Bethesda Inc. traces its roots to 1896, when seven German Methodist deaconesses began to offer home-based care for Cincinnati’s sick and poor.
The deaconesses open their first maternity building adjacent to the hospital.
The name Bethesda is first used to reflect the growing awareness of the hospital’s importance in serving the many different people who came there to heal and be healed. Bethesda’s nursing school also is accredited.
Scarlet Oaks opens, first as a hospital and retirement community, then later focused exclusively on serving the community’s elderly.
Bethesda opens the Strecker Hospital for Children with a 30-bed capacity devoted exclusively to pediatric care.
Bethesda opens a new medical and surgical hospital on Oak Street with 159 beds. Motivated by function and economy, the Strecker Hospital for Children is consolidated to the hospital’s fifth floor.
Bethesda North Hospital opens as the first community satellite hospital in Greater Cincinnati. Today, it is among the largest acute and tertiary care hospitals in the Cincinnati region. It offers a comprehensive range of services from award-winning heart care to maternity services and a 24-hour emergency room to residents of northern Cincinnati and Warren, Butler and Clermont counties.
The Bethesda Foundation is formed to ensure that Bethesda’s hospital operations and related entities have the resources needed to meet the health care challenges facing the large, growing Greater Cincinnati population.
Bethesda opens Greater Cincinnati’s first freestanding outpatient surgery center.
Hospice of Cincinnati is founded by Bethesda as Southwest Ohio’s largest, oldest and only non-for-profit hospice, focused on fulfilling the growing and evolving end-of-life needs of the community. Its affiliate program, Fernside, was established in 1986 as one of the nation’s first children’s grief centers. Today, it remains a national leader in providing grief support services and outreach and education to the community.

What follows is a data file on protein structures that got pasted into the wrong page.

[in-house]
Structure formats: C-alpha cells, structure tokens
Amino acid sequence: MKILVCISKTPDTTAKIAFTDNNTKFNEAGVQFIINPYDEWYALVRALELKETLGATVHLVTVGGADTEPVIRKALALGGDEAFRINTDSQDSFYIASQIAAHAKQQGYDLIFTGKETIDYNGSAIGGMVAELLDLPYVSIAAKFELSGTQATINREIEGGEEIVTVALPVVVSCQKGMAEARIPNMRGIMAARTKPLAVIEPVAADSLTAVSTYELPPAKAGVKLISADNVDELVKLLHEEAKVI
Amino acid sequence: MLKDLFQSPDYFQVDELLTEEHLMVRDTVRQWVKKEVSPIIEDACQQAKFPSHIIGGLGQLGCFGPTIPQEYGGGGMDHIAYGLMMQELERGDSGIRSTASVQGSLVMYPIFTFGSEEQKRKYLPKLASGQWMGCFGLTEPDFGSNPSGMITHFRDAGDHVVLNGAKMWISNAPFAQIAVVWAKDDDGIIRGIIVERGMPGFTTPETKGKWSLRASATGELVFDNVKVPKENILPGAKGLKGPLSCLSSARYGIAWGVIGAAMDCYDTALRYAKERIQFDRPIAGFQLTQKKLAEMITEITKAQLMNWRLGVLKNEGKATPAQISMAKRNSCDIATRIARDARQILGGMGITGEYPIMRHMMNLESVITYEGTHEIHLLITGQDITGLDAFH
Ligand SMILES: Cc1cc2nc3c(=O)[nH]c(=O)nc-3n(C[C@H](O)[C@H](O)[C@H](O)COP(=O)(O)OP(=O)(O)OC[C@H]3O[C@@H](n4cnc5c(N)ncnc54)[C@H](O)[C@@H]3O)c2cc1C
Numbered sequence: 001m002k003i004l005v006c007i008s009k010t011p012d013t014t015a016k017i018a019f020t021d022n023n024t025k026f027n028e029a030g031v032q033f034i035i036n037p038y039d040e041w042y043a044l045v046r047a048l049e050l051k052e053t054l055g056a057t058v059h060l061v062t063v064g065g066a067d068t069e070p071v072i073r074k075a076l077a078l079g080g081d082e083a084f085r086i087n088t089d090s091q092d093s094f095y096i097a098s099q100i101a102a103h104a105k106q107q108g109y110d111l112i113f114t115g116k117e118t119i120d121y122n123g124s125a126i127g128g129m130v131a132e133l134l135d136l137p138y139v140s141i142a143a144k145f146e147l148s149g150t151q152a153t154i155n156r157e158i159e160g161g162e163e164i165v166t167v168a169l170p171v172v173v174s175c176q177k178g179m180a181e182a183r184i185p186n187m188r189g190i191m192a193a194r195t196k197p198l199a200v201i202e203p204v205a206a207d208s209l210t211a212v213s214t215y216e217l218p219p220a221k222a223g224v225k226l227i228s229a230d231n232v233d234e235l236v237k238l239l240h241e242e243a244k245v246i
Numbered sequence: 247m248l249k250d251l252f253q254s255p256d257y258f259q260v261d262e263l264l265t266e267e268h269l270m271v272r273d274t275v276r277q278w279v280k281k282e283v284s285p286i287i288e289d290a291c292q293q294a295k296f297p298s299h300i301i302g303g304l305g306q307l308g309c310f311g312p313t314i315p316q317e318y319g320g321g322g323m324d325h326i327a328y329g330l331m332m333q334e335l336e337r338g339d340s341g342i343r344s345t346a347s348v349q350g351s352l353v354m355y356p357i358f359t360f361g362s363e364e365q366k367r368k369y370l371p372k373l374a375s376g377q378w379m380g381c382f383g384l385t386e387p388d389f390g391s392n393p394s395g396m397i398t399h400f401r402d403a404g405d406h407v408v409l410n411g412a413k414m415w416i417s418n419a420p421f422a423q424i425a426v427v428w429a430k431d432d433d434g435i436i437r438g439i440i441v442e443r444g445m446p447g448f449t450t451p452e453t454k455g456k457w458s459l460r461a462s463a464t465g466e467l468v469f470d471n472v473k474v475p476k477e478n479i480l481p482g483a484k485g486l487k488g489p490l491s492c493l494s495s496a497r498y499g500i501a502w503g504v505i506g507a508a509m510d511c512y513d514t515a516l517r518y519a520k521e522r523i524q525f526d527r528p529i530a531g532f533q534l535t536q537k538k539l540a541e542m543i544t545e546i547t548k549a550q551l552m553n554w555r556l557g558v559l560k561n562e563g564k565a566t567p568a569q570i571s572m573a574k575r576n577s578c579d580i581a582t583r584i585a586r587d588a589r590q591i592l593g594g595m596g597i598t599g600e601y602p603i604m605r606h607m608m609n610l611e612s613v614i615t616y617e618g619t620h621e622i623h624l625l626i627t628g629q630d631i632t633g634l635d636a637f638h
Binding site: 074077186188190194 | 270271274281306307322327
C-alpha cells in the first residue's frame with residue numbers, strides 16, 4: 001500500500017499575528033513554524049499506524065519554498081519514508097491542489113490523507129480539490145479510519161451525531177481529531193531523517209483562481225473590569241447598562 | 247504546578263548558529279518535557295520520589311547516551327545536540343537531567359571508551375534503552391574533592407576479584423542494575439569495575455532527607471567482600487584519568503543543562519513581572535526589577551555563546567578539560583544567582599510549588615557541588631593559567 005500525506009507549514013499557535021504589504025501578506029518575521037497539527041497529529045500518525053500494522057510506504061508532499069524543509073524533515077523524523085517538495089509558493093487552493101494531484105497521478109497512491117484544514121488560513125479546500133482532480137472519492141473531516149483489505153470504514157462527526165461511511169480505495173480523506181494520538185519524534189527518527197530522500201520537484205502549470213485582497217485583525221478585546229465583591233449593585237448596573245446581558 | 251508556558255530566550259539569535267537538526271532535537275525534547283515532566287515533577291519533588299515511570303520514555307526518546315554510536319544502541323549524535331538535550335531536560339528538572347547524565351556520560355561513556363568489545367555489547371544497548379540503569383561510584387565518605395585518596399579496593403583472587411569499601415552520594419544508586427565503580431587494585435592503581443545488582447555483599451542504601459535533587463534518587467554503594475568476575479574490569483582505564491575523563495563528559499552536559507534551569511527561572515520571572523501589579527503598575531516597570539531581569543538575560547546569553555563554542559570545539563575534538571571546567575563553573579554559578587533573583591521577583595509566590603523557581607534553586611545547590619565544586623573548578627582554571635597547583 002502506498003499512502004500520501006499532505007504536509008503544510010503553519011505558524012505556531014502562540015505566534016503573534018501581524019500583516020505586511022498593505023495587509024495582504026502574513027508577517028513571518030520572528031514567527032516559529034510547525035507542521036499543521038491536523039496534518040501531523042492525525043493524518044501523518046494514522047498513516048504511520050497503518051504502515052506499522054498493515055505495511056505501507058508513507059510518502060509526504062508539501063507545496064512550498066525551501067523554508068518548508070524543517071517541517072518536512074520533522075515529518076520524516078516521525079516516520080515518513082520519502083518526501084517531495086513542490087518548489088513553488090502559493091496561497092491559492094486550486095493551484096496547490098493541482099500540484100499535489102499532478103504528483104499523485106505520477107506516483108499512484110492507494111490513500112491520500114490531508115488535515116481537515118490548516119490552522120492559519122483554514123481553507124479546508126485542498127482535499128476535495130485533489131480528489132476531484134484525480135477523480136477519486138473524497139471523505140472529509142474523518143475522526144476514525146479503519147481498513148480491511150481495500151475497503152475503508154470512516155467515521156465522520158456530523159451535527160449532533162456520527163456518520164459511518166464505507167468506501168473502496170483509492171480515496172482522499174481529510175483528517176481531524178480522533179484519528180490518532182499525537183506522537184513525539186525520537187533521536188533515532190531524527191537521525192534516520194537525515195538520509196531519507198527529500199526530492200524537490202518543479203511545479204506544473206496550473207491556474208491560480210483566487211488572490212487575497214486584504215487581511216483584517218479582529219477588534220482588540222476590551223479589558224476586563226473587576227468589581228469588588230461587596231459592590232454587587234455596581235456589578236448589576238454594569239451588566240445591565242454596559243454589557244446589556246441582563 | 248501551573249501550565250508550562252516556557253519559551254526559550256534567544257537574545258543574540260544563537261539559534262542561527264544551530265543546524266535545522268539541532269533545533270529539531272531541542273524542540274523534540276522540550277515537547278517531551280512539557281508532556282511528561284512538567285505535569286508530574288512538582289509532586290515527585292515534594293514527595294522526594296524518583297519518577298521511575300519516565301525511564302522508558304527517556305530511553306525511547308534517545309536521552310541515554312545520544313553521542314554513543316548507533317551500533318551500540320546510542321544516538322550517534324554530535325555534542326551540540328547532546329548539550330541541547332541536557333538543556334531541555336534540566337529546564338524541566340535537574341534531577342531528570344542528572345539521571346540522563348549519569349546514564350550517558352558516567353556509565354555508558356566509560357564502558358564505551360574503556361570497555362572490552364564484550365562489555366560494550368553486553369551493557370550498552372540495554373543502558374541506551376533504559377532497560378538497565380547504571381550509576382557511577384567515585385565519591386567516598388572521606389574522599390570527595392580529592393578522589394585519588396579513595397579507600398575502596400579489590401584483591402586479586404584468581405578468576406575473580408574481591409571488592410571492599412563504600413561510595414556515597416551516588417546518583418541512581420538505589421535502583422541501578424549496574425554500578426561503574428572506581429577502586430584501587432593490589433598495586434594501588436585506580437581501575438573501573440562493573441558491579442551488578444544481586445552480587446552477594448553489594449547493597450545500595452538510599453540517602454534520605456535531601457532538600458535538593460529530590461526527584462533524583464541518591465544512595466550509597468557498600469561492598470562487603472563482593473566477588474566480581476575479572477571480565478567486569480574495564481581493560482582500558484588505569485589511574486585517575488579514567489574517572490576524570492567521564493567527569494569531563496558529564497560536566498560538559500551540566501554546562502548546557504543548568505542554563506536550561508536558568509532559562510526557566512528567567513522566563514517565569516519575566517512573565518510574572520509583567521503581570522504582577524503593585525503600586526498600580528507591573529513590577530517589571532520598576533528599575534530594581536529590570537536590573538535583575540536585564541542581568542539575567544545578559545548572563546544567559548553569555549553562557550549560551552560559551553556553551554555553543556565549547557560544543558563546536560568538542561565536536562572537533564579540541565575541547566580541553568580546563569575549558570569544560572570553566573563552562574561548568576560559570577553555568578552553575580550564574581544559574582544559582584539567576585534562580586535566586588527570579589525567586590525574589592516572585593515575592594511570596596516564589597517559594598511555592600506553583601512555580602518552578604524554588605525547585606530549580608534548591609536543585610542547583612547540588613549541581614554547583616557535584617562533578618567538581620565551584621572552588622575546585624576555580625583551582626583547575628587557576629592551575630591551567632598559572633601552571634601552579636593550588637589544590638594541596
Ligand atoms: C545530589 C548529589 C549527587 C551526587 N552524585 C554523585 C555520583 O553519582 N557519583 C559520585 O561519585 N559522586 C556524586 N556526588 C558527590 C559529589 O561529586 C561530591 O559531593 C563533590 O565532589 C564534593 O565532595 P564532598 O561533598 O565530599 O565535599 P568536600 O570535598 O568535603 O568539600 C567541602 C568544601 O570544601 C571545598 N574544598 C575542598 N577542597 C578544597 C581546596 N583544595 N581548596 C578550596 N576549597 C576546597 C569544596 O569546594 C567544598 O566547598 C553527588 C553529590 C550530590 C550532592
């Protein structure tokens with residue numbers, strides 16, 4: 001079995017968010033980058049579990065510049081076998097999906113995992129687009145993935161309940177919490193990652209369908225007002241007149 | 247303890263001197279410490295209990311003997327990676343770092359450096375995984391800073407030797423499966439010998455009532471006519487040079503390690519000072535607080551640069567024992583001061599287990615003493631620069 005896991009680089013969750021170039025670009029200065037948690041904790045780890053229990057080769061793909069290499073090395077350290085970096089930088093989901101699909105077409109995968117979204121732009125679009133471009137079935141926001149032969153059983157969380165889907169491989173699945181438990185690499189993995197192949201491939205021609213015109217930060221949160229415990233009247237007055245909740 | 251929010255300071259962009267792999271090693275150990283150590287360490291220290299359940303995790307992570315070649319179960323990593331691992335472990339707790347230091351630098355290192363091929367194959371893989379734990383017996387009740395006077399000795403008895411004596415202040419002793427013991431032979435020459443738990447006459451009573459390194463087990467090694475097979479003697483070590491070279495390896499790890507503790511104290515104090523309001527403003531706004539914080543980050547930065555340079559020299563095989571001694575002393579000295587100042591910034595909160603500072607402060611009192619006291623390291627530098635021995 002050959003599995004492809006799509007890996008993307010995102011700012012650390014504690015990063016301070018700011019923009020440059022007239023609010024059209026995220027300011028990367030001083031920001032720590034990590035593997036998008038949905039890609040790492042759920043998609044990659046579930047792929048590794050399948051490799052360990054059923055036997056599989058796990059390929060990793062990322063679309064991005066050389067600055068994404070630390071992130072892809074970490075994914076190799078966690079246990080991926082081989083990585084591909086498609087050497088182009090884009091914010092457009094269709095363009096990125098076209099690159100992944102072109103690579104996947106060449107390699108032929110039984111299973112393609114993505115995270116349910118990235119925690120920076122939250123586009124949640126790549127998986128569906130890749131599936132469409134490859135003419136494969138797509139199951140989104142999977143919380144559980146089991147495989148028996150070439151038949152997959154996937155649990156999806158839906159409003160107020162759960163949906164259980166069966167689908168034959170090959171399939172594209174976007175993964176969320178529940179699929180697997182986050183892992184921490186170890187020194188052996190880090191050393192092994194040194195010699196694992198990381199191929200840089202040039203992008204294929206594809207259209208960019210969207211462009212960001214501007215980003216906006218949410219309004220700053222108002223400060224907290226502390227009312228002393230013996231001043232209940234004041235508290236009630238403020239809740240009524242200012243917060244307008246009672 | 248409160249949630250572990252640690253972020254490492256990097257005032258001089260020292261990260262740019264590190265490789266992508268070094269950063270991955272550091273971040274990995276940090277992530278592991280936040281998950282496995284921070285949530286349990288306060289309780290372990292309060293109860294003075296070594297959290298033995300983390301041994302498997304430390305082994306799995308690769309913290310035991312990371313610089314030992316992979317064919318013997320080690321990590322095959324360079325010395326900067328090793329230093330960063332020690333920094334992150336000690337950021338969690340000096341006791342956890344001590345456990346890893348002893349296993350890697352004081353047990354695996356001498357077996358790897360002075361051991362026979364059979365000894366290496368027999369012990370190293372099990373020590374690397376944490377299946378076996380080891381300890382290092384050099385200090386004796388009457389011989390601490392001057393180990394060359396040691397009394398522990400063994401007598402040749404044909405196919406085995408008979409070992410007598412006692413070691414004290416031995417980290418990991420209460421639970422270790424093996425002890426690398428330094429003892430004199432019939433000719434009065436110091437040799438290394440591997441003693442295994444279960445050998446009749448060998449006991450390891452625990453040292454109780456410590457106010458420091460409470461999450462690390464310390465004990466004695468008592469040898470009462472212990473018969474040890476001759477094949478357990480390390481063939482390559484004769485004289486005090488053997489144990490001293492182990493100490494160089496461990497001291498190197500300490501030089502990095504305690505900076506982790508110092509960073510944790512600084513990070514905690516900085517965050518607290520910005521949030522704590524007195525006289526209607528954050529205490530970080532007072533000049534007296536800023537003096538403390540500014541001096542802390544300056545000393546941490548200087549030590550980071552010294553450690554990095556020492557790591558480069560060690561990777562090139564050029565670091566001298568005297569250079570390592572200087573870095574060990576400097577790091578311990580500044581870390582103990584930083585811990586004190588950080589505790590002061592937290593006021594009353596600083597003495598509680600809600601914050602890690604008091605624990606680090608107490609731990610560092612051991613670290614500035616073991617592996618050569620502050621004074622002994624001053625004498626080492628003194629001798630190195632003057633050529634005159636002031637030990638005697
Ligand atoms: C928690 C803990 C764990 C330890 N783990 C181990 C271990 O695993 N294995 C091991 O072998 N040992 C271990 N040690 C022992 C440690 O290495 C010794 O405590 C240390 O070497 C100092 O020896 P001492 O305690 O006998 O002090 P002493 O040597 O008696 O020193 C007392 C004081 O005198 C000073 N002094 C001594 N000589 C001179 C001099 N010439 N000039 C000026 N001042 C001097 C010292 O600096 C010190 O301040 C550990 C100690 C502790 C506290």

The Bethesda Warren County Emergency Center opens a freestanding 24-hour emergency treatment center near Lebanon. It is believed to be the first such freestanding facility opened by a Cincinnati-based hospital.
The Bethesda Hospital and Deaconess Association adopt a new name: Bethesda Inc.
Bethesda acquires what would become Consolidated Health Services Inc. (CHS), which grew to 30 locations in Indiana, Kentucky and Ohio. CHS includes American Nursing Care, which provides home health services; Patient Transport Services, offering non-emergency patient transportation; AmeriMed, offering home infusion therapy; and Cornerstone Medical, a joint venture that sells durable medical equipment.
The Bethesda Fertility Center was founded as Cincinnati’s first fertility center and continues to lead the TriState in new technologies and IVF success rates that consistently surpass national averages. Board-certified physicians and a sophisticated Reproductive Studies Lab combine to offer the region’s most recognized team of compassionate infertility experts. The Fertility Center was acquired by the Institute for Reproductive Health in 2024.
Bethesda Inc. becomes one of two joint sponsors of TriHealth, the other being Catholic Health Initiatives, based in Denver. TriHealth’s more than 12,000 employees meet the health needs of Greater Cincinnatians through an integrated network that includes Bethesda North and Good Samaritan hospitals, physician groups, ambulatory facilities, adult care, fitness and wellness offerings, hospice care, and community outreach.
Bethesda celebrates its 100-year anniversary.
Bethesda Inc. sells Consolidated Health Services to Catholic Health Initiatives. Bethesda Inc. also announces its new strategic plan and its first major community grants, launching its grantmaking initiative, known today as bi3.
Bethesda Inc. names its grant initiative “bi3” (Bethesda–Investments—Ideas—Impact) to honor the Bethesda legacy while identifying its unique role in transforming community health.
bi3 celebrates $100M in awarded grants to the community and partner TriHealth.